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Extreme Temperatures Can Damage Your Car

At one point, you’ve probably taken advantage of ample street parking and just left your vehicle out on the curb. You also park outside when, for one reason or another, you can’t put the car in the garage.

The primary concerns when parking outside are often about theft or accidents.  You should be concerned about these things, you might not know how one thing can do some serious damage to your vehicle: extreme temperatures

Sweltering heat or freezing cold can cause problems in infrastructure and your car’s interior machinery. States like Utah normally have scorching desert climates but get snowy winters. The damage these two temperature extremes could cause can sometimes be fixed by something as simple as changing your tires. Or the damage could be extensive enough that you’ll need to have your diesel engine repaired.

Here’s what the summer heat or the winter freeze can do to your car.

How Heat Can Damage Your Car

During summer, you should always try to park your car under some shade or inside a garage. Not only will parking in direct sunlight make your car unbearably hot for you, the high temperature could also cause problems.

Hot asphalt and concrete can affect the durability of the rubber in your tires. If you drive on them, especially at high speeds, the compromised tires might cause a blowout. You’d be lucky if the incident will only cost you a tire change, but a serious enough blowout can lead to major accidents.

The fluids in your vehicle are susceptible to the heat as well. Gasoline evaporates in high enough temperatures, even inside your fuel tank. Your engine already generates enough heat on its own; running it during a heat spell will raise the temperature even more. It will consume more coolant, and require more oil changes. Keep an eye on the levels of these two fluids, which are vital in the smooth operation of your vehicle.

Cars covered with fresh white snow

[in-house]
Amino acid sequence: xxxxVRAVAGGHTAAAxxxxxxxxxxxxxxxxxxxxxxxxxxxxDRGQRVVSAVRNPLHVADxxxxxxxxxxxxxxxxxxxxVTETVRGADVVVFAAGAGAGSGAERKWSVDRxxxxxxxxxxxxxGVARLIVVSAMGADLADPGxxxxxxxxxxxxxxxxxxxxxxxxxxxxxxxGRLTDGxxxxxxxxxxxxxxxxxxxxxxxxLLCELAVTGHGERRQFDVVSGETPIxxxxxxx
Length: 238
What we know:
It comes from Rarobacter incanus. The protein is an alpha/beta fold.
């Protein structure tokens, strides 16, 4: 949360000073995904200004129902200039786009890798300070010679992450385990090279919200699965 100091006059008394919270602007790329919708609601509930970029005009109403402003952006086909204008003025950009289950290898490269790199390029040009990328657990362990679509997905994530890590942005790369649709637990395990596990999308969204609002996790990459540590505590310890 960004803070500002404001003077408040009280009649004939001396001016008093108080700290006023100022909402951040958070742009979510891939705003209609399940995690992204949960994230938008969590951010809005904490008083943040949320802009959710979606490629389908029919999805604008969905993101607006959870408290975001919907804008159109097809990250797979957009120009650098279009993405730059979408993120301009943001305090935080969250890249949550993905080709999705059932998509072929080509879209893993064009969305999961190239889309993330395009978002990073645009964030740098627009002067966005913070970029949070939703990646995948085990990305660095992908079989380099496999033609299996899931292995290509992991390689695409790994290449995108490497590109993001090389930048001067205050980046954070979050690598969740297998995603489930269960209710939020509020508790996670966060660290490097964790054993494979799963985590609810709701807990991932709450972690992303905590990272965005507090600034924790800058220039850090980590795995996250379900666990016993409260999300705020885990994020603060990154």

How Cold Can Damage Your Car

Even after the summer months have gone by, you should still be cautious. Cold weather, especially below-zero temperature, can do just as much damage as heat.

Your tires are also sensitive to the cold, which can cause the rubber to contract. This means the tire has less pressure and deflates. While you can just check your tire pressure more often, changing to winter tires might be more sensible.

Freezing cold can have some big impacts with your visibility when driving, aside from snow flurries or mist. The cold can cause your windshield wiper blades to become brittle and be inefficient in clearing your field of vision. Alternatively, if your car’s heating system isn’t effective, your own breath might freeze on the inside of the windshield, blocking your view. Both these things can lead to serious accidents. You can prevent them by switching to winter wipers, which can handle harsher weather, and checking your car heater regularly.

Parking under the sky can seem like a great idea, but always be aware of the weather. If the temperature is uncomfortable enough that you can’t stay outdoors for very long, you should think twice before leaving your car t out in the open. Your car needs to be in good condition to keep you safe while you’re behind the wheel. It’s only sensible to make sure you protect it from anything that might turn it from a mechanical convenience to metal wreckage.

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